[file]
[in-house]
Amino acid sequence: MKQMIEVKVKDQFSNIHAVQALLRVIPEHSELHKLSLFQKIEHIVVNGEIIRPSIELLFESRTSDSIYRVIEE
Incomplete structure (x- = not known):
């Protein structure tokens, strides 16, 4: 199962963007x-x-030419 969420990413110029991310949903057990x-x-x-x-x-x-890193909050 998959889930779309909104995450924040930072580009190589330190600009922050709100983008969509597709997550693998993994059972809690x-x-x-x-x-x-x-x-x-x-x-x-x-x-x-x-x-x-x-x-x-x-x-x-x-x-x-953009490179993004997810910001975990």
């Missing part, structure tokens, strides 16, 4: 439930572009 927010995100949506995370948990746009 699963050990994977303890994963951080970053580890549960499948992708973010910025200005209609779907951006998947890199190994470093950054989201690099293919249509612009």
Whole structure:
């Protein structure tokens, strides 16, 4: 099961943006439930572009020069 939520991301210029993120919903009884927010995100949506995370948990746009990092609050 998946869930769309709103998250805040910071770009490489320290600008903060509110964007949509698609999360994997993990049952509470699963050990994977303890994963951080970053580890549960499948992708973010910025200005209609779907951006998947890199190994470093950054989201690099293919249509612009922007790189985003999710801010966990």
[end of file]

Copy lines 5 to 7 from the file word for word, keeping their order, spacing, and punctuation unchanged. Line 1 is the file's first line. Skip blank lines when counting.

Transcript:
């Missing part, structure tokens, strides 16, 4: 439930572009 927010995100949506995370948990746009 699963050990994977303890994963951080970053580890549960499948992708973010910025200005209609779907951006998947890199190994470093950054989201690099293919249509612009």
Whole structure:
């Protein structure tokens, strides 16, 4: 099961943006439930572009020069 939520991301210029993120919903009884927010995100949506995370948990746009990092609050 998946869930769309709103998250805040910071770009490489320290600008903060509110964007949509698609999360994997993990049952509470699963050990994977303890994963951080970053580890549960499948992708973010910025200005209609779907951006998947890199190994470093950054989201690099293919249509612009922007790189985003999710801010966990």